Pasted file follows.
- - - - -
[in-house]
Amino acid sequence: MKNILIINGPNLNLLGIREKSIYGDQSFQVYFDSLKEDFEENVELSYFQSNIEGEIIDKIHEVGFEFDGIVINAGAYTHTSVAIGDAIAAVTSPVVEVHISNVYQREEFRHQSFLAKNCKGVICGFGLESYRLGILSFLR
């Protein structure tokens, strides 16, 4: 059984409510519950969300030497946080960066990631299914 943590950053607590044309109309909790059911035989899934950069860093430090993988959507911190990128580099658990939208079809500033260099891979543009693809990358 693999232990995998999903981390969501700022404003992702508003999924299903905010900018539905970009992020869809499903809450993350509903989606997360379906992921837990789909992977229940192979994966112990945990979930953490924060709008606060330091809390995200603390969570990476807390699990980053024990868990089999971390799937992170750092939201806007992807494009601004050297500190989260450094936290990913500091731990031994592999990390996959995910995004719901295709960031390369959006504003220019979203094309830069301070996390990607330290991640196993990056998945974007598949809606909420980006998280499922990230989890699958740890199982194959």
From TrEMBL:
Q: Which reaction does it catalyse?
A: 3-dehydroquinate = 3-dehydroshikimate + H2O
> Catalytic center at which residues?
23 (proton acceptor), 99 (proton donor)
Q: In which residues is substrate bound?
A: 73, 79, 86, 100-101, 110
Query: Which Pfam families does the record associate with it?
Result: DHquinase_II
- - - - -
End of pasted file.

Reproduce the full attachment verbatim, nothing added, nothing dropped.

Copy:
[in-house]
Amino acid sequence: MKNILIINGPNLNLLGIREKSIYGDQSFQVYFDSLKEDFEENVELSYFQSNIEGEIIDKIHEVGFEFDGIVINAGAYTHTSVAIGDAIAAVTSPVVEVHISNVYQREEFRHQSFLAKNCKGVICGFGLESYRLGILSFLR
């Protein structure tokens, strides 16, 4: 059984409510519950969300030497946080960066990631299914 943590950053607590044309109309909790059911035989899934950069860093430090993988959507911190990128580099658990939208079809500033260099891979543009693809990358 693999232990995998999903981390969501700022404003992702508003999924299903905010900018539905970009992020869809499903809450993350509903989606997360379906992921837990789909992977229940192979994966112990945990979930953490924060709008606060330091809390995200603390969570990476807390699990980053024990868990089999971390799937992170750092939201806007992807494009601004050297500190989260450094936290990913500091731990031994592999990390996959995910995004719901295709960031390369959006504003220019979203094309830069301070996390990607330290991640196993990056998945974007598949809606909420980006998280499922990230989890699958740890199982194959």
From TrEMBL:
Q: Which reaction does it catalyse?
A: 3-dehydroquinate = 3-dehydroshikimate + H2O
> Catalytic center at which residues?
23 (proton acceptor), 99 (proton donor)
Q: In which residues is substrate bound?
A: 73, 79, 86, 100-101, 110
Query: Which Pfam families does the record associate with it?
Result: DHquinase_II